Marques de Riscal, Rioja Reserva
Could there be a more typical, obvious, dependable and delicious Spanish red? Or, for that matter, many other a red?
This wine is for many, the epitome of classic red wine. It makes for a brilliant present. It goes with Friday nights, Tuesday nights and even Birthdays and Christmas. There is a classiness and elegance, refinement and consistency that this property manages to deliver with seemingly zero effort, which makes it such an icon in the world of wine.
Is it really all about the gold netting?
I don't think so.
But it might - just might - help.
Marques de Riscal themselves call this wine a 'cultural icon, an essential wine' and if you don't know it yet, please do get to do so, as they are absolutely spot on. It really is that much of an important wine. Made as the flagship product of the estate since the 1860s, this is a wine that has been sold as THE Rioja to set the bar and do the spade work for all others to follow. Still on top? Still at the cutting edge? No, not this wine; though they may claim that they make other cuvées that are forming trends in other parts of their portfolio. But this wine is the one that people buy. And they buy it in their droves. It is sold in nearly half of the countries in the world. Its fans include Salvador Dalí and Ernest Hemingway.
So: what you get is the following... The wine is made of 94% Tempranillo and 6% Graciano, medium-short maceration to preserve aromatic freshness, the wine is aged for 24 months in American oak barrels, one year further aging in bottle and then it is ready to strut its stuff. Which is...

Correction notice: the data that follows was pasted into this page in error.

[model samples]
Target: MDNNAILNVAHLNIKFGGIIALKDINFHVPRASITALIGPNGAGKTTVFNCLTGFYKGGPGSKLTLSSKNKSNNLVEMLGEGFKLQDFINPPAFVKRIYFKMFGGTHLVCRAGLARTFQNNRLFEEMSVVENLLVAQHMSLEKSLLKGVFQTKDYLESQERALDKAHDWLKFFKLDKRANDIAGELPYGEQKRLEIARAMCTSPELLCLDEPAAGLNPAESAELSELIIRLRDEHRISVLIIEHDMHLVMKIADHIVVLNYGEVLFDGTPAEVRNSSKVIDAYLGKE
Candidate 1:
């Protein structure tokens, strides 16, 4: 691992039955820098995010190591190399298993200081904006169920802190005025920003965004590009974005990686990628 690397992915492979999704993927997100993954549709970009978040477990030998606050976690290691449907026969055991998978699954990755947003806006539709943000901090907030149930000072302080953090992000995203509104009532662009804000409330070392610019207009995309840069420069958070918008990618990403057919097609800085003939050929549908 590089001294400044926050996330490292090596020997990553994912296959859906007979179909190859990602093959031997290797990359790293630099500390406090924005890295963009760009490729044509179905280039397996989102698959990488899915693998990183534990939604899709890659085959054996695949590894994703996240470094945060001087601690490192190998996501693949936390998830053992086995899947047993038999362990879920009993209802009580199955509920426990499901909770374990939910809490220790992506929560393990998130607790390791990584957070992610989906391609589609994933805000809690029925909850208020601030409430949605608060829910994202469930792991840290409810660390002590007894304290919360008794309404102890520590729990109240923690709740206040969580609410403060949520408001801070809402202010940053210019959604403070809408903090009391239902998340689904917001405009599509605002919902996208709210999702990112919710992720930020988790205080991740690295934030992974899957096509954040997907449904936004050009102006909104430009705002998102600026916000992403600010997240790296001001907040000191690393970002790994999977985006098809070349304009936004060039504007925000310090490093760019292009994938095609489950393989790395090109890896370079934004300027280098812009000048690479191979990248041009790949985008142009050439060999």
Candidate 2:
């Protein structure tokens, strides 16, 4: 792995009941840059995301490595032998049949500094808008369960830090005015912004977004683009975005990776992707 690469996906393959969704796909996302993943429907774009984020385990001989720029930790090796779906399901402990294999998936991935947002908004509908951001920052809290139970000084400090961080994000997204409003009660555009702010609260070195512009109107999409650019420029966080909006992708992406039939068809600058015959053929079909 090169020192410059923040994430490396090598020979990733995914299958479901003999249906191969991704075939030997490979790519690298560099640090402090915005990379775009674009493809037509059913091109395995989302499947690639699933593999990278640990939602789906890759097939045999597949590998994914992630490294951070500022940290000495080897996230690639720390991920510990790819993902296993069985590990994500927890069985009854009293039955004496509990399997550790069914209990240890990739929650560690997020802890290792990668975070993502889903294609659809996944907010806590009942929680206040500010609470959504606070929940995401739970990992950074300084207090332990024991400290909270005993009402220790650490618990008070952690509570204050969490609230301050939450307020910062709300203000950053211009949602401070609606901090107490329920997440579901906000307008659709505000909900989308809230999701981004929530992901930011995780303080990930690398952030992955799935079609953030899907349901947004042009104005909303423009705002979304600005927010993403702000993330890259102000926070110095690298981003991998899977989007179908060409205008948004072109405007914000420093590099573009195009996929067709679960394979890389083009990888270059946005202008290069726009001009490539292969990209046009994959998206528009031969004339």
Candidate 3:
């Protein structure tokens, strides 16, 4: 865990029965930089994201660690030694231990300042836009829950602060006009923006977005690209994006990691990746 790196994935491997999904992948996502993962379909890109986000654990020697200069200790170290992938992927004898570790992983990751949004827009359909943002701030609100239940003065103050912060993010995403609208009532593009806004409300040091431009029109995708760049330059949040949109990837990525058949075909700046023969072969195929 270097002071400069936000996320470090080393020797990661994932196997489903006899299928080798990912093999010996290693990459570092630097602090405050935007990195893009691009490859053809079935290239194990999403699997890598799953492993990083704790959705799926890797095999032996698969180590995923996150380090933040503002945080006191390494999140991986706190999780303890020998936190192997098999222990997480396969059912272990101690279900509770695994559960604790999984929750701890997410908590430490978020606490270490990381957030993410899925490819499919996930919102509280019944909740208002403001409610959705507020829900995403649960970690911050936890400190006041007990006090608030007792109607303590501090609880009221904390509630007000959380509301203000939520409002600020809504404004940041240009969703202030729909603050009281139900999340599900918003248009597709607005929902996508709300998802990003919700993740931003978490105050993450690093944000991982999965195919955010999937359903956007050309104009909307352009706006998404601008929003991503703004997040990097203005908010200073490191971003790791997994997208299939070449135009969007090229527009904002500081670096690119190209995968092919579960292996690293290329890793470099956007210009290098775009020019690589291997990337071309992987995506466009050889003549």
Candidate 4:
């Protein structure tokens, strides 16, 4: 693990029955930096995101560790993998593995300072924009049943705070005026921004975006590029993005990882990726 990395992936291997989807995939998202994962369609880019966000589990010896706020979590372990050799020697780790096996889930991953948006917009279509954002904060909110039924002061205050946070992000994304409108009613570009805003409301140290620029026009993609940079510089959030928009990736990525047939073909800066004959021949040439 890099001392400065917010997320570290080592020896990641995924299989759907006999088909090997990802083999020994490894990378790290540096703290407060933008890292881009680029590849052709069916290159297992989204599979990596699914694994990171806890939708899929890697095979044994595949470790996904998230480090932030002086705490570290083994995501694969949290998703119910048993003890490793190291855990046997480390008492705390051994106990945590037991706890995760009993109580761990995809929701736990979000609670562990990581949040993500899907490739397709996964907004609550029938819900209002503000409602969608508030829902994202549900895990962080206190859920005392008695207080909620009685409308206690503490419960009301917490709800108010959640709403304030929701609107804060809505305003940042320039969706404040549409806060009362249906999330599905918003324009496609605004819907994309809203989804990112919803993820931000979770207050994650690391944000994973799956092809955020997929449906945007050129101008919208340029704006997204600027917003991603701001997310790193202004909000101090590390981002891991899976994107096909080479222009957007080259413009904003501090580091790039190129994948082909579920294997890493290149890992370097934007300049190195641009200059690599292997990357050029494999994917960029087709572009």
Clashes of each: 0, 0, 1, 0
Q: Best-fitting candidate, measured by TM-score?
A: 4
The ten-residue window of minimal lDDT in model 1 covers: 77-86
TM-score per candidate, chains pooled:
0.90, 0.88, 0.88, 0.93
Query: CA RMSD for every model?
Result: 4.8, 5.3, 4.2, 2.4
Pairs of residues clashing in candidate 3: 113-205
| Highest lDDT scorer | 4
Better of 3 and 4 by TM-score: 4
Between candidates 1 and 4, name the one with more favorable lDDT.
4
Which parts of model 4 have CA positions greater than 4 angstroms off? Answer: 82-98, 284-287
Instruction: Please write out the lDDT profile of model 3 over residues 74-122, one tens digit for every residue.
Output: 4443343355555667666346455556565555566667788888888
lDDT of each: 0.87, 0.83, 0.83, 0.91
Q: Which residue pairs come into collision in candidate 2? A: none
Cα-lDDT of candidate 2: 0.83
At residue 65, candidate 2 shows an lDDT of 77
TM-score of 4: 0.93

An expressive nose with notes of dark cherry, black pepper, liquorice and cinnamon. A vibrant yet integrated palate, with supporting fresh acidity, well-rounded and balanced tannins and a soft and smooth mouthfeel that leads to a long flavourful finish.
It has an unbelievable cabinet of trophies and awards. Interestingly from an historic perspective, you can see the Bordeaux awards from the late 19th-Century on the label, but perhaps more use and relevance are the awards for the more recent vintages: Tim Atkin 93 Points; Mundus Vini Gold Medal; James Suckling 93 Points; Guiá de Vinos Gourmets 94 and 98 points... It's clear that they intended to stay exactly where they are. Sure, why would they change?!
But they did.
Some might remember this wine as being big and rich... not like the "freshness" that they talk about on their website today. The memory is not failing - there was a significant change in the 2010 vintage toward a more modern (or post-modern) style that was much more restrained and lighter in alcohol. This is possibly the biggest concession to the modern movement that they have made, but what is impressive is that in becoming easier to drink, as well as slightly lighter in style, they retained the character and flavours that we all wanted to continue to experience. It was a risky move and could have come out wrong; but in fact they managed it so well, that it's possible that they had been planning such a change for decades but were in planning stage for most of it. No one will say, but the impact on sales was zero, so in fact, no one really noticed. It's like a face-lift on a 911. Apart from the version in the early 2000s, no one remembers the other changes that Porsche made, even though we all know it has evolved, and no one apart from teh most avid followers (or owners) would notice. And we all still want one. Just like Marques de Riscal.
- Hard Cheeses
- Mature Cheeses
- Red Meats
- Medium Full